Pat Buchanan might have seen the end of the line coming at MSNBC when last month network president Phil Griffin commented on his latest book, "Suicide of a Superpower," by saying, "I don't think the ideas that (Buchanan) put forth are appropriate for the national dialogue, much less on MSNBC."
When Buchanan was let go last week after 10 years as a commentator on the network, no one was surprised.
I don't agree with some of Buchanan's ideas, especially regarding Jews, his questioning of whether World War II had to happen or whether the United States should be involved militarily in the Middle East, but he has every right to his ideas, as we all have the right to our own. It's called free speech.
The approach to free speech should be like the one taken by the ACLU in 1977 when neo-Nazis made plans to march through the Jewish suburb of Skokie, Ill. While deploring their views, the ACLU defended the group's right to express itself.
Today, is censorship the new pluralism?
Actor Ben Jones, who starred as "Cooter" on the television show "The Dukes of Hazzard," wrote to tell me about a decision by NASCAR to ban the car known as the "General Lee" from appearing at the Sprint Cup series race at Phoenix next month. The image of the Confederate flag on the car's roof, said NASCAR spokesman David Higdon, "...is not something that should play an official role in our sport as we continue to reach out to new fans and make NASCAR more inclusive."
Jones said in a recent statement, "At a time when tens of millions of Americans are honoring their Union and Confederate ancestors during this Sesquicentennial of the Civil War, NASCAR has chosen to dishonor those Southerners who fought and died in that terrible conflict by caving to 'political correctness' and the uninformed concerns of corporate sponsors.
"This is also an extraordinary insult to rural Southerners, who are NASCAR's oldest and most fervent fan base, and it sends a message against inclusion and against the need for diversity."
Is conformity the new diversity?
Jones is not only an actor, but a former Democratic member of Congress from Georgia and a strong civil rights proponent.
When the U.S. Supreme Court upholds the burning of the American flag as free speech, while the free exercise of religion is being curtailed at many levels, is this not censoring a particular category of expression? Censorship is also moving beyond its classic definition into a new and even more dangerous area.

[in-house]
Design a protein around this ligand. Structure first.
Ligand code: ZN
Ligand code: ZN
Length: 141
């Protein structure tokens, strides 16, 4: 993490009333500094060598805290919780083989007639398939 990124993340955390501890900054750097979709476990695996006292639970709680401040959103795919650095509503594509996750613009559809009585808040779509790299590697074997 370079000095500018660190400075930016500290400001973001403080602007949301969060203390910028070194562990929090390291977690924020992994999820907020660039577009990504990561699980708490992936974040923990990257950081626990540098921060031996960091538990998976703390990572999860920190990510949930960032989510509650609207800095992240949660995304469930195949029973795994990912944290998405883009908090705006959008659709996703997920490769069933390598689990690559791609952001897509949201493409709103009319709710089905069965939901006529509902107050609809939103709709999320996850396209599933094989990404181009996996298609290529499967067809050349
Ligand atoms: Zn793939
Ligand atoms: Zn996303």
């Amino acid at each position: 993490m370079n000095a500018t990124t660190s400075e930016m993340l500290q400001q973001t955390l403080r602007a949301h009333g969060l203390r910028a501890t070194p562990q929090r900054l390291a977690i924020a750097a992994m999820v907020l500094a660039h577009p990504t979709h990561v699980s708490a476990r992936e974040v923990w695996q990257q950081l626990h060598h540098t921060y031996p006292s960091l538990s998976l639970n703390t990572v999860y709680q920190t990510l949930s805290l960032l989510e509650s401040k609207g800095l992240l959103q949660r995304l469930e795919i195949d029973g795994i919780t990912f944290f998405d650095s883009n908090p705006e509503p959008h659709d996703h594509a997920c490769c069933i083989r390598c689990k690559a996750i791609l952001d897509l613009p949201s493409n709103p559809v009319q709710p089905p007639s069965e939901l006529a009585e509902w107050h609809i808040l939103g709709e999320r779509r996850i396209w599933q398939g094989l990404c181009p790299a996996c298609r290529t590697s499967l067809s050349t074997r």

As The Daily Caller, a 24-hour news site founded by conservative pundit Tucker Carlson and former Cheney aide Neil Patel, has reported, a liberal group known as Media Matters has not only fed talking points to some reporters and opinion columnists, it has been campaigning to get people fired when they hold ideas with which the left disagrees. According to the Caller, Media Matters hired people to investigate the lives of Fox News employees and compiled an "enemies list." Media Matters didn't respond directly to the charges; its founder, David Brock, instead pointed to Reuters' criticism of the Caller's "bad journalism" and "lame propaganda" as the reason for Media Matters' silence.
These and many other attempts to suppress speech and force people into a universal and "acceptable" belief system harm freedom. Suppressing speech changes not a single mind. The freedom to debate ideas and present arguments in support of a position is what separates the United States from most other nations.
Do we want to become like countries that have the equivalent of "thought police," smothering speech and penalizing anyone who refuses to toe the party line? Should I be prevented from asking this question?
Cal Thomas is co-author (with Bob Beckel) of the book, "Common Ground: How to Stop the Partisan War That is Destroying America".
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